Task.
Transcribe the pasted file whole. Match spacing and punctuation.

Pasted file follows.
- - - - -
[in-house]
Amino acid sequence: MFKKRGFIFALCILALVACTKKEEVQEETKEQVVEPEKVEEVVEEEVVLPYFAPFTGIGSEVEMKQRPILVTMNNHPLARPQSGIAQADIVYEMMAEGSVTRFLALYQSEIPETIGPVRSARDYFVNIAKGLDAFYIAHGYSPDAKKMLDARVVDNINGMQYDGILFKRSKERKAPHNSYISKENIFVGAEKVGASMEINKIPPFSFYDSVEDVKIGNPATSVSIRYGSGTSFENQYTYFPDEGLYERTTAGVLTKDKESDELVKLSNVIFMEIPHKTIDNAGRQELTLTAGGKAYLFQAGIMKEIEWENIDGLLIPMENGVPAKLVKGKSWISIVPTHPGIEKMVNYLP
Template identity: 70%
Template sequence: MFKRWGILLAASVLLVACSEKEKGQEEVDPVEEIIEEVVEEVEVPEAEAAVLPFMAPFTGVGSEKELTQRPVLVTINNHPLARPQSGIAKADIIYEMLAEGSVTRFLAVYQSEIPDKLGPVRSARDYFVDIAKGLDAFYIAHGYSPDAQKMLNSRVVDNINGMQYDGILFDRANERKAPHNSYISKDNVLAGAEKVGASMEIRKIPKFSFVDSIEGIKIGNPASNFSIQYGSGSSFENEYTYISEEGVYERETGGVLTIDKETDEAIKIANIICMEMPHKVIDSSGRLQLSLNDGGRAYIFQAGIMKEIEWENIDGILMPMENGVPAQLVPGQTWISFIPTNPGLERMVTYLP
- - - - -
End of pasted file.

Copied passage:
[in-house]
Amino acid sequence: MFKKRGFIFALCILALVACTKKEEVQEETKEQVVEPEKVEEVVEEEVVLPYFAPFTGIGSEVEMKQRPILVTMNNHPLARPQSGIAQADIVYEMMAEGSVTRFLALYQSEIPETIGPVRSARDYFVNIAKGLDAFYIAHGYSPDAKKMLDARVVDNINGMQYDGILFKRSKERKAPHNSYISKENIFVGAEKVGASMEINKIPPFSFYDSVEDVKIGNPATSVSIRYGSGTSFENQYTYFPDEGLYERTTAGVLTKDKESDELVKLSNVIFMEIPHKTIDNAGRQELTLTAGGKAYLFQAGIMKEIEWENIDGLLIPMENGVPAKLVKGKSWISIVPTHPGIEKMVNYLP
Template identity: 70%
Template sequence: MFKRWGILLAASVLLVACSEKEKGQEEVDPVEEIIEEVVEEVEVPEAEAAVLPFMAPFTGVGSEKELTQRPVLVTINNHPLARPQSGIAKADIIYEMLAEGSVTRFLAVYQSEIPDKLGPVRSARDYFVDIAKGLDAFYIAHGYSPDAQKMLNSRVVDNINGMQYDGILFDRANERKAPHNSYISKDNVLAGAEKVGASMEIRKIPKFSFVDSIEGIKIGNPASNFSIQYGSGSSFENEYTYISEEGVYERETGGVLTIDKETDEAIKIANIICMEMPHKVIDSSGRLQLSLNDGGRAYIFQAGIMKEIEWENIDGILMPMENGVPAQLVPGQTWISFIPTNPGLERMVTYLP